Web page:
- The user’s funds are sent to the contract, which pools this deposit alongside the deposits of other users in the denominations specified by the contract, such as .1, 1, 10, or 100 ETH. The funds can remain in that pool for as long as the user would like. (Pools also exist for the tokens USDC, USDT, DAI, cDAI, and wBTC and assets on blockchains other than Ethereum.)
- The user, utilizing their secret deposit note and some nifty zero-knowledge cryptography, generates a transaction that proves they have the right to withdraw the deposited value. The user can then either withdraw the funds themself or have a “relayer” process the withdrawal on their behalf in exchange for a 0.05% to 0.2% fee. This relay transaction severs any direct connection between the user’s deposit and withdrawal.
For more on how Tornado Cash works, watch our video on Chainalysis Academy.
OFAC’s designation of Tornado Cash
Tornado Cash can be a practical solution for legitimate users seeking financial privacy, like those who wish to donate to political causes without making the details public or those who wish to keep information about their wealth private. But it’s also attractive to cybercriminals seeking to launder money. Treasury’s press release announcing the Tornado Cash sanctions specifically pointed to Tornado Cash’s role in laundering over $455 million worth of cryptocurrency stolen from Axie Infinity’s Ronin Bridge protocol by the North Korea-affiliated hacking organization, Lazarus Group, and its receipt of funds stolen from Harmony Bridge and Nomad Bridge in June and August of this year. Since 2019, almost 30% of the funds sent through it have been tied to illicit actors, and the Democratic People’s Republic of Korea has been one of its chief beneficiaries.
The Tornado Cash addresses that OFAC included in the designation consist of deposit addresses, routing addresses, proxy addresses and more.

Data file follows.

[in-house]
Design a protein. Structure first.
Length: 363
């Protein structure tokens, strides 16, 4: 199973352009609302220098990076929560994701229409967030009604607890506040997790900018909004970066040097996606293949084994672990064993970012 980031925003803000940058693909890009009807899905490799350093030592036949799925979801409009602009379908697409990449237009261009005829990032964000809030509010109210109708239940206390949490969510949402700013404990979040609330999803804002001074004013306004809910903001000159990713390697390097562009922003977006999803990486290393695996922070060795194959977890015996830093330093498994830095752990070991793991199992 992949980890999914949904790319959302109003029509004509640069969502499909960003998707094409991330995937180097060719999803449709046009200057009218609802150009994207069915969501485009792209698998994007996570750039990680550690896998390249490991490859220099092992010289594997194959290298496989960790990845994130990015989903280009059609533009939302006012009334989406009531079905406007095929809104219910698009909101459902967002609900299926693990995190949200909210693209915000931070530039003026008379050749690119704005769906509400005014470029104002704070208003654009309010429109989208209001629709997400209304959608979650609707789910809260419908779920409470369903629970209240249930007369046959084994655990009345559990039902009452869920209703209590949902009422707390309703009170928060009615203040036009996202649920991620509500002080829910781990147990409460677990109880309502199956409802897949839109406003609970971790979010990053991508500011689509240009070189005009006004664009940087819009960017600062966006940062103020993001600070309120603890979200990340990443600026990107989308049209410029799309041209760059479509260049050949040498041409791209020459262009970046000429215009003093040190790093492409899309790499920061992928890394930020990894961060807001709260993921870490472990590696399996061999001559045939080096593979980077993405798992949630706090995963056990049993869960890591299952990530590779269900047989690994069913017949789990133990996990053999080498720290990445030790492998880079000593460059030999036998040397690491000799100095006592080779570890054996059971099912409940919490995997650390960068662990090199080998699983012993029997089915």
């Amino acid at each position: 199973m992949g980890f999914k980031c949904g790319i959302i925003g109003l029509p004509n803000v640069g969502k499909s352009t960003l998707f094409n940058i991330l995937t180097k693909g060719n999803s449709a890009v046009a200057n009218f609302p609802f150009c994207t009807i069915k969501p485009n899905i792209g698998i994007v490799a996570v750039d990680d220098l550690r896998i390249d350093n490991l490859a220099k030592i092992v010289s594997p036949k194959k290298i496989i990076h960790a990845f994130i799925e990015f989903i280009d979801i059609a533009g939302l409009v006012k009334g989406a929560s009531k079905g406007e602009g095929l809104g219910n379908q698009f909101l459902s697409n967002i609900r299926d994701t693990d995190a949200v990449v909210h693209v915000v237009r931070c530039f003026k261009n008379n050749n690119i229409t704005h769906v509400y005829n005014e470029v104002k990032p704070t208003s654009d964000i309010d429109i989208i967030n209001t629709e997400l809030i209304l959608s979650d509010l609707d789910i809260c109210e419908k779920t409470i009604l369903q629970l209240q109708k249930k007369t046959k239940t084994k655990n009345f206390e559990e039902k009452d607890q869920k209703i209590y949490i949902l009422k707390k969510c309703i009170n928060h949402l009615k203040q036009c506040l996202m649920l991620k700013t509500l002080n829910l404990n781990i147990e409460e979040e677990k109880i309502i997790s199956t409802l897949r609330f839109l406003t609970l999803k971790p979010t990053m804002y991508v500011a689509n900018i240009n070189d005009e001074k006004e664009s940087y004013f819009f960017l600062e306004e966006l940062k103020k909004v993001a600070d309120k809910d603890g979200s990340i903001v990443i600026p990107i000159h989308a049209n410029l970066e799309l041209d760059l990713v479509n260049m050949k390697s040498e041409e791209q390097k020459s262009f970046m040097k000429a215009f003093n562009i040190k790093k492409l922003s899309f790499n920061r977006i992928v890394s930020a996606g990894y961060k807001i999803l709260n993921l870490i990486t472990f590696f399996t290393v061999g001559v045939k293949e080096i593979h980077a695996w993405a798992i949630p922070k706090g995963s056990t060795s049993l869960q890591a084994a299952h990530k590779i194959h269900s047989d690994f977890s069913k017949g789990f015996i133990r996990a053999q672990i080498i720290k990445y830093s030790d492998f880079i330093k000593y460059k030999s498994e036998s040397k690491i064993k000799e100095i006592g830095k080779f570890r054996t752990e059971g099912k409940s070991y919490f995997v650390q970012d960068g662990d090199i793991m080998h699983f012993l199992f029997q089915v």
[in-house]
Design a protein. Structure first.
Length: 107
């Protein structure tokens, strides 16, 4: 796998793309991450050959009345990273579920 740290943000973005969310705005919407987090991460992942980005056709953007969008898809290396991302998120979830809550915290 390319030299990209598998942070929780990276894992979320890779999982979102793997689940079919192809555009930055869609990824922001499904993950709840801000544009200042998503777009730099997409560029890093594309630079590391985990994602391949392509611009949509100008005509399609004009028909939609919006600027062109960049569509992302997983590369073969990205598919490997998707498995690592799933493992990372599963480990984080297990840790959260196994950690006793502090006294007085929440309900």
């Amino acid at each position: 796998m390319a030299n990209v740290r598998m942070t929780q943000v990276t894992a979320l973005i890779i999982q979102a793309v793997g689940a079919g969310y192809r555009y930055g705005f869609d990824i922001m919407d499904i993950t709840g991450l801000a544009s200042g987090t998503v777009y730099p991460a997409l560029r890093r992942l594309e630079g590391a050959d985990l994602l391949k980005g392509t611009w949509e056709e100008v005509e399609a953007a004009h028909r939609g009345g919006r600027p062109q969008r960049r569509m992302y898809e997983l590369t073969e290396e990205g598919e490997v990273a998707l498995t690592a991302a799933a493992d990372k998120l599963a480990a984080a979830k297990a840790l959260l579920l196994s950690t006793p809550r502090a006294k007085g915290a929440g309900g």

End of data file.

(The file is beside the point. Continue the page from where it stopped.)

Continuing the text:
Sanctions compliance challenges
OFAC’s most recent guidance on virtual currency stated that each of the business types we discuss in this section, as well as any others that interface with the crypto industry, “are encouraged to develop, implement, and routinely update a tailored, risk-based sanctions compliance program. Such compliance programs generally should include sanctions list and geographic screening and other appropriate measures as determined by the company’s unique risk profile.”
However, there are open questions about how – and to what extent – certain categories of crypto industry protocols can comply with these sanctions. We address each of these categories below.
Centralized cryptocurrency businesses
OFAC has included 44 addresses as identifiers of Tornado Cash. Centralized crypto businesses subject to US jurisdiction are prohibited from interacting with these addresses.
A front-end web application that is used to interact with a DeFi protocol can block cryptocurrency addresses with exposure to Tornado Cash, but regulation has not yet stipulated whether such a block is needed at the protocol level or if such a block is even possible.
The tension here comes from the fact that at the protocol level, it is extremely difficult – or, depending on the protocol’s governance structure and how it has been designed, perhaps even impossible – to censor a transaction.
For example, the design of the Ethereum blockchain made it such that people were able to send an estimated $52,000 in small Tornado Cash payments to celebrities and industry figures in the wake of OFAC’s designation — none of whom were able to refuse receipt of these transactions. Now, these “dusting attack” targets have control of assets with exposure to Tornado Cash, which could have downstream compliance impacts.
Mining and staking pools